The next day, slides were incubated in RNAscope amplifier components and tagged with a fluorescent dye, as specified in the manufacturer’s instructions. Specifically, the slides were sequentially incubated in AMP1 (ACDbio) for 30 min at 40°C, AMP2 (ACDbio) for 30 min at 40°C, and then AMP3 (ACDbio) for 15 min at 40°C. The attached RNAscope amplifier structure was opened with a channel-specific horseradish peroxidase (ACDbio) to allow fluorescent labeling. The tissue was then incubated with the far-red dye Opal650 (Akoya Bio, Delaware) for 30 min at 40°C and treated with channel specific horseradish peroxidase blocker (ACDbio) to close the amplifier structure.

Immediately after fluorescent RNA labeling, tissue sections were incubated overnight at 4°C in primary antibodies in solution with Co-Detection Diluent (ACDbio). The primary antibodies used were: 1:250 mouse anti-NeuN (EMD Millipore Ref MAB377) and 1:1000 guinea pig anti-IBA1 (Synaptic Systems Ref 234004). After overnight incubation, the tissue was gently washed in DI water and then incubated with secondary antibody solutions for 2 h. The secondary antibodies used were: 1:200 goat anti-guinea pig 488 (Invitrogen Ref A11073) and 1:200 goat anti-mouse 568 (Invitrogen Ref A11004), diluted in Co-Detection Diluent. Finally, the slides were washed in DI water and coverslipped with ProLong Glass mounting medium (Thermo Fisher Scientific, Hampton NH).

2.5. Microscopy

Images for Figures 1, 35 were acquired using a Nikon A1R model laser scanning confocal microscope with Nikon elements software (v5.30.05). A Z stack image was used to show the stain in detail with complete cell morphology (Figures 1, 3). The images acquired for analysis (presented in Figures 4, 5) were 2D single confocal Z slices from the central optical plane of the stained tissue. Images were obtained from a single tissue section from each animal (N = 6), randomly chosen from sections collected within lumbar levels 3–6 (L3–L6) as CCI-induced changes are anticipated throughout these spinal levels. For each tissue section, a Nikon 60×/1.4NA oil objective was used to image a single field of view of ~220 × 220 μm of the medial gray matter of laminae IV/V in the dorsal horn, both ipsilateral and contralateral to the CCI site. The region chosen for analysis (depicted in Supplementary Figure S1) represents part of the somatotopic map related to the digits and plantar surface of the hind paw, regions which become chronically sensitive to touch in the CCI model (Woolf and Fitzgerald, 1986). While other areas of the spinal cord are relevant to chronic pain and the CCI model, a comprehensive exploration of pain-related neuroinflammatory phenomena falls beyond the purview of this paper. Image parameters were acquired with 1,028 × 1,028 XY steps using a pixel size of 0.21 μm/pixel. Lasers used were 488 nm, 561 nm, and 638 nm, paired with emission filters of 525/50, 600/50, and 685/70, respectively. The three-dimensional Z-stack image used in Figures 1, 3 was acquired with 27× Z steps 0.2 μm in size.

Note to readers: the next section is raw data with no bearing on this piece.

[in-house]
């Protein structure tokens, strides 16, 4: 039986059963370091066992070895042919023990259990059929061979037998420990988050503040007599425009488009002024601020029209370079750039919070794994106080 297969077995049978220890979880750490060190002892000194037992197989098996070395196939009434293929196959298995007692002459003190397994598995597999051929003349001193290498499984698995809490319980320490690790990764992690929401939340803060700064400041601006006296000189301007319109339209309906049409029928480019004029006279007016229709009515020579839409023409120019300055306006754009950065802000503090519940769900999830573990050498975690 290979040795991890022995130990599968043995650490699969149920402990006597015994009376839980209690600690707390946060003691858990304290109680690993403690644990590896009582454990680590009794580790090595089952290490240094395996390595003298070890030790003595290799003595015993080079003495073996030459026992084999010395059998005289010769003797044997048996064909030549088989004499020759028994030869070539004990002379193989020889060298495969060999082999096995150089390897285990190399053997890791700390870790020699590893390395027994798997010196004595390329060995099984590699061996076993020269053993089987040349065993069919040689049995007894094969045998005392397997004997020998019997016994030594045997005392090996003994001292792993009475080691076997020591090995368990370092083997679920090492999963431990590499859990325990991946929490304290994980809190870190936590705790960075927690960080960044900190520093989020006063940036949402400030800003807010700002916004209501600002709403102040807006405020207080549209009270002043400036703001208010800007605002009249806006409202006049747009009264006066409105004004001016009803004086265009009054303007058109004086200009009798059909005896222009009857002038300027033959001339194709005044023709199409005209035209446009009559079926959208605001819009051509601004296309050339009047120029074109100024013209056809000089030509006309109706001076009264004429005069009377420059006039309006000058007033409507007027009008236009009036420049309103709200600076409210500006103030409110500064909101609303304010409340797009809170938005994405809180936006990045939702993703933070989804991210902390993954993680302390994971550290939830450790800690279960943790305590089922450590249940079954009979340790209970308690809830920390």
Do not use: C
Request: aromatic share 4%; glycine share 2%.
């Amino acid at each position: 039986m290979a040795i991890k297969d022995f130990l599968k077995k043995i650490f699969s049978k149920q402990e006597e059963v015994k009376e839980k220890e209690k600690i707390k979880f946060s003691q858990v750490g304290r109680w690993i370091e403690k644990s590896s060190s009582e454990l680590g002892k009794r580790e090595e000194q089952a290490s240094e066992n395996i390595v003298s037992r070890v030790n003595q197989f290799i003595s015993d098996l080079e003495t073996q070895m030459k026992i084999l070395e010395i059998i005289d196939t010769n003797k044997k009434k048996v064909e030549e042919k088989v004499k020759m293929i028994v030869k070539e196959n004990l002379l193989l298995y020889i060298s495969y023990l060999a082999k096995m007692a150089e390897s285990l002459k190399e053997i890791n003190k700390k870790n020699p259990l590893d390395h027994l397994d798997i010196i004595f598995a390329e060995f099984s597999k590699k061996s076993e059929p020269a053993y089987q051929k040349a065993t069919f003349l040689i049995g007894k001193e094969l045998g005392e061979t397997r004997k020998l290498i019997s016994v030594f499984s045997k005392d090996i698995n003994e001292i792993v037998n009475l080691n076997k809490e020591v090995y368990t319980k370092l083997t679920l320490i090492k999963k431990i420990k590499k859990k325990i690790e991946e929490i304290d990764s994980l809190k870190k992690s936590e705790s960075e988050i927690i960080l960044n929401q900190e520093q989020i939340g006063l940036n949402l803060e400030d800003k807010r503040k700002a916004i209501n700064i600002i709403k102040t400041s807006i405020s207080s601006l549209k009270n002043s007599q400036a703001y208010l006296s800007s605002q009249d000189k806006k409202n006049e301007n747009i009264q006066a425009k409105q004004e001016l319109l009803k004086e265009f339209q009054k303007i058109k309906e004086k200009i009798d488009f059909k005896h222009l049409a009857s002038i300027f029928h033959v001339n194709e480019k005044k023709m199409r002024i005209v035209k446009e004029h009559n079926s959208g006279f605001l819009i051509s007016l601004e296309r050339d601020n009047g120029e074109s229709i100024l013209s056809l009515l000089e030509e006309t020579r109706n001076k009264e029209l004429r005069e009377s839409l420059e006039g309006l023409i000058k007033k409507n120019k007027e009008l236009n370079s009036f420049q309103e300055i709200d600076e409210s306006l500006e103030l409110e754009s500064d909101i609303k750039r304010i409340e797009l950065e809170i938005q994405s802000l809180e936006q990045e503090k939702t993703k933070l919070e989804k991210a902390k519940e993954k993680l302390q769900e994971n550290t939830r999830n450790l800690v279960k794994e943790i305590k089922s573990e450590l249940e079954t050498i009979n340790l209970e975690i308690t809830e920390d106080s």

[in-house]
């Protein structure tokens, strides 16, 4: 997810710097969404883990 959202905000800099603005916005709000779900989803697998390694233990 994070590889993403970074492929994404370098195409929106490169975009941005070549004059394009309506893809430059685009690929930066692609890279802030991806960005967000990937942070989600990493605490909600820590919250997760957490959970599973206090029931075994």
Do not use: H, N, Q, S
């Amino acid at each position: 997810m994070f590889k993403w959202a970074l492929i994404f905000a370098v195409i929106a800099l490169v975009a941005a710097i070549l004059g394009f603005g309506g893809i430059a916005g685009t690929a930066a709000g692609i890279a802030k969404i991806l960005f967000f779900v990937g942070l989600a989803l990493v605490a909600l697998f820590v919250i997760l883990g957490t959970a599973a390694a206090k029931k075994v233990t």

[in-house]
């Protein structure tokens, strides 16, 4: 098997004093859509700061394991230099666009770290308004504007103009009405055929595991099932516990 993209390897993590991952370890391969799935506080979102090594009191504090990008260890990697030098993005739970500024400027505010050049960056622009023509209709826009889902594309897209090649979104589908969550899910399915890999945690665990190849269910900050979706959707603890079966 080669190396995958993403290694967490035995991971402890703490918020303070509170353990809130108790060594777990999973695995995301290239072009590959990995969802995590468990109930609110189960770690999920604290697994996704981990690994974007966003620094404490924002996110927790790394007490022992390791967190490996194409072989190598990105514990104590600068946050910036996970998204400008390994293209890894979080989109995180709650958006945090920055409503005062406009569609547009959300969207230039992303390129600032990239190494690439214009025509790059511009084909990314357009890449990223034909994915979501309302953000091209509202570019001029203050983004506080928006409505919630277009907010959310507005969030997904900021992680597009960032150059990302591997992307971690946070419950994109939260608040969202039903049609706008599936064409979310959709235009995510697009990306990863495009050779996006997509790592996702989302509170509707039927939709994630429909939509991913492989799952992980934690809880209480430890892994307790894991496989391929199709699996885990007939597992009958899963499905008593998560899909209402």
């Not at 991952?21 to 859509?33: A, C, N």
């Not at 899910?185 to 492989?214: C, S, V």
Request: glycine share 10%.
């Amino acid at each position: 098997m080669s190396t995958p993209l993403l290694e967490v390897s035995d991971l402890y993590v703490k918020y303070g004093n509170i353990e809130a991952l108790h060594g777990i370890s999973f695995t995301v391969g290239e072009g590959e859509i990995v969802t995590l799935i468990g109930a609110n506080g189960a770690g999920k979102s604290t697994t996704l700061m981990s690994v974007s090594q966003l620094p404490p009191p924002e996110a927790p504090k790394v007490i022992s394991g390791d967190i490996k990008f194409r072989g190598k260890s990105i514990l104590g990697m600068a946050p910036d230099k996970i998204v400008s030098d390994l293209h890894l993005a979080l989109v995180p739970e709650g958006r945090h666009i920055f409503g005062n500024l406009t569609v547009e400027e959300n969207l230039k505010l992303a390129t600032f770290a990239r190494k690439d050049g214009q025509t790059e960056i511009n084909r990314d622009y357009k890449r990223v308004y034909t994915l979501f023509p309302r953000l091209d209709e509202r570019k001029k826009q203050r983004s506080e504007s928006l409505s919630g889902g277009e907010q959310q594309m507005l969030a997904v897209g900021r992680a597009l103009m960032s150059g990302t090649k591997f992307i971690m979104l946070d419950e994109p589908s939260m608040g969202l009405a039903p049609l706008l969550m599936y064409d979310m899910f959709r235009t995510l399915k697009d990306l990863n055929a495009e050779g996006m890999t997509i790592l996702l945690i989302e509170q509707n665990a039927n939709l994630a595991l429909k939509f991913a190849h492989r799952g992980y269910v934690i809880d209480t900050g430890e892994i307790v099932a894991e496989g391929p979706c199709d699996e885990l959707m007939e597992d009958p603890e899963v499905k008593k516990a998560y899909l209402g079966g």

Figure 3. Multichannel IHC with labeled NLRP3 mRNA (left), Imaris modeling (right). Red = NeuN (neurons), Green = IBA1 (microglia), White (left) and Blue (right) = NRLP3 mRNA. Image is taken from laminae IV/V lumbar enlargement ipsilateral to CCI. Spots are rendered by Imaris if the fluorescence signal meet an intensity threshold over background, so dim spots that are at a similar level of fluorescence intensity to nondescript tissue background will not be counted as spots or seen on the rendered image (right). The same intensity threshold for puncta applied to all images in the dataset.